These control systems are also connected to the zone sweep system and are set to control the maximum amount of energy consumed during their operation. This is coordinated with the BAS and EMS for a coordinated approach to the control of building operations.
Future Expansion of the Hot Water PlantSince the construction involved in this project was only Phase 1 of a potential four-phase campus expansion program, provisions for the future expansion were made in the design of the central hot water system.
At present, two boilers were installed, but there is space in the boiler room for an additional boiler to be installed and brought online as the Grace Church campus expands. This strategy will allow the owner to have centralized generation capabilities for one of the main mechanical systems in the campus, which, among other things, will help reduce maintenance costs.
Service Entrance and Transformer Design for ExpansionThe design of the service entrance equipment and the distribution system allows for future growth of the facility. The service entrance equipment employs an underground transformer vault that is sized to accommodate three transformers for service.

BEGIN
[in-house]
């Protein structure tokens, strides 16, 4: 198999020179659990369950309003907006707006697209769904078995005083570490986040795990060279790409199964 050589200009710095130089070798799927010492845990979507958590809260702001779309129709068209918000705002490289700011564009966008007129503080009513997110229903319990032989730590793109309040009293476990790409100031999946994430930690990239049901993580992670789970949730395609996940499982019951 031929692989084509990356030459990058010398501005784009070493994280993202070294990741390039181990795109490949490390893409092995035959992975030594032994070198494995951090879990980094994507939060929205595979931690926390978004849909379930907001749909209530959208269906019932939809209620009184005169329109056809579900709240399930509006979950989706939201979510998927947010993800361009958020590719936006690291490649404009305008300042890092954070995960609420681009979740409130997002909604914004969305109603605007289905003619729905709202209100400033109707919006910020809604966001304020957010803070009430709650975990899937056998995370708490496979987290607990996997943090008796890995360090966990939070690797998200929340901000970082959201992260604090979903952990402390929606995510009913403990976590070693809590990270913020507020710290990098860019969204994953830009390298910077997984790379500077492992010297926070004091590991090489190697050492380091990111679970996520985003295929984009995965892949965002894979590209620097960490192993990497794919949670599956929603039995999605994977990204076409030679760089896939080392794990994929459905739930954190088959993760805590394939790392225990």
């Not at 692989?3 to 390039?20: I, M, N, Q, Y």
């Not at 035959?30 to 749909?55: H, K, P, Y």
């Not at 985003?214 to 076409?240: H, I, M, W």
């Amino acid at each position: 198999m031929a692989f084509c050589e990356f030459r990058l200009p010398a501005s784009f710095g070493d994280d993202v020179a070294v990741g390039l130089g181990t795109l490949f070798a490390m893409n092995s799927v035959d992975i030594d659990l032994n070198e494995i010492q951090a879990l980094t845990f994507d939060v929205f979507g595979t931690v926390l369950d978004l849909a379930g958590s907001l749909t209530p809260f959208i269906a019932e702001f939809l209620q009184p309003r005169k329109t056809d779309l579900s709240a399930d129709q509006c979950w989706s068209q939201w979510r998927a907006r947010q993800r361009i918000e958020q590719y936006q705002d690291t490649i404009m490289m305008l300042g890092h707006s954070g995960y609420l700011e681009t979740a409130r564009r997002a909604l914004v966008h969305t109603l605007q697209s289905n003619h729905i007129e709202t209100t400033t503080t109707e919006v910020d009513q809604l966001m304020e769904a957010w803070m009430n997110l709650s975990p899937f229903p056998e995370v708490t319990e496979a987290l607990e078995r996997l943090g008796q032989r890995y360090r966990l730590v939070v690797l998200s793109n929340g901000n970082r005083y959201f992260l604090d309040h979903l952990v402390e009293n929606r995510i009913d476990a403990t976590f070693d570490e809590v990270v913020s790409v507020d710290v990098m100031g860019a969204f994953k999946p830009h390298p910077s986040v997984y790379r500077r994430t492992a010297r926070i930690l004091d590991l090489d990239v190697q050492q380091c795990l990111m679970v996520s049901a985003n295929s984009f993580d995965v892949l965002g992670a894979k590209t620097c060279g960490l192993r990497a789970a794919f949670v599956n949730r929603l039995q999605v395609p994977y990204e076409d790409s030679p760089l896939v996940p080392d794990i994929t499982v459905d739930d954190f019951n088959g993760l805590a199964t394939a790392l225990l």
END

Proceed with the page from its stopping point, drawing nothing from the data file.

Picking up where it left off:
The future load requirements of the campus will require three service transformers but the present load can be accommodated with two. The vault is configured with a service bus arrangement that allows the addition of the third transformer and also contains bus links between the three bus sections. This allows for full growth flexibility and expansion without disconnecting power to the facility. The arrangement also increases the operating efficiency of the equipment that maximizes the owners demand charge efficiency.
Integrated Design ApproachThe design of any religious facility involves an approach to design that attempts to maximize the use of the capital investment while incorporating the elements of inherent flexibility. Grace Church is a model for cost-effective design for the large new churches that are now being built throughout the country.
The basic engineering design goal was integration of all building systems throughout the planning process — not only integration within each discipline, but across the design of the entire building. At Grace Church, great measures were taken to ensure that not only did the individual systems and features met their desired design goal, but that they worked well together for the building as a whole.
Also of great importance is that the owner’s needs are met. One of those needs, fundamentally, is the project budget. Grace Church opened on time and on budget.
Additionally, Grace Church was awarded a Grand Award from the American Council of Engineering Companies for Minnesota in January 2003. ES